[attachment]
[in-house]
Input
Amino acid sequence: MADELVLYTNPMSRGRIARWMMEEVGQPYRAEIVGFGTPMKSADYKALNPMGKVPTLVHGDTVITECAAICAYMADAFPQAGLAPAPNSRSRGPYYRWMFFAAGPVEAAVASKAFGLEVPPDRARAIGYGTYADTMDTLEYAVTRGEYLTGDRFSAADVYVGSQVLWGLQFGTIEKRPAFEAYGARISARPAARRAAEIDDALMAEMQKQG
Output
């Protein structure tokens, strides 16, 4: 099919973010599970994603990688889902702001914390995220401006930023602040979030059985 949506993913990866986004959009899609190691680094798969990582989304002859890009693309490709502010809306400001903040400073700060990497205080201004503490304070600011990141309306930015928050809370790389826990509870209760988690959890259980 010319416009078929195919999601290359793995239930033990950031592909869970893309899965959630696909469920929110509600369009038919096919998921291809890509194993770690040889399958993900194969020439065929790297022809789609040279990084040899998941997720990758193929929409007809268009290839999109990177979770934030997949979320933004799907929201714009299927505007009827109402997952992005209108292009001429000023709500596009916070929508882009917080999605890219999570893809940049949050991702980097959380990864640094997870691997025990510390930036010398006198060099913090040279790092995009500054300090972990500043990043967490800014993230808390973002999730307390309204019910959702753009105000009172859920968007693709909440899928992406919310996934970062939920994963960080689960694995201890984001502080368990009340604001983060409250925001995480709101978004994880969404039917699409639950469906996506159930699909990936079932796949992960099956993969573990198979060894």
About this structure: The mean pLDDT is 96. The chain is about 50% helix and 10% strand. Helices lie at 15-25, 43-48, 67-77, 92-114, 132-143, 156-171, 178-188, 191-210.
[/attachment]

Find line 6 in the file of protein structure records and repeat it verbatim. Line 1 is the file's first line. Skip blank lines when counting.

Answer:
About this structure: The mean pLDDT is 96. The chain is about 50% helix and 10% strand. Helices lie at 15-25, 43-48, 67-77, 92-114, 132-143, 156-171, 178-188, 191-210.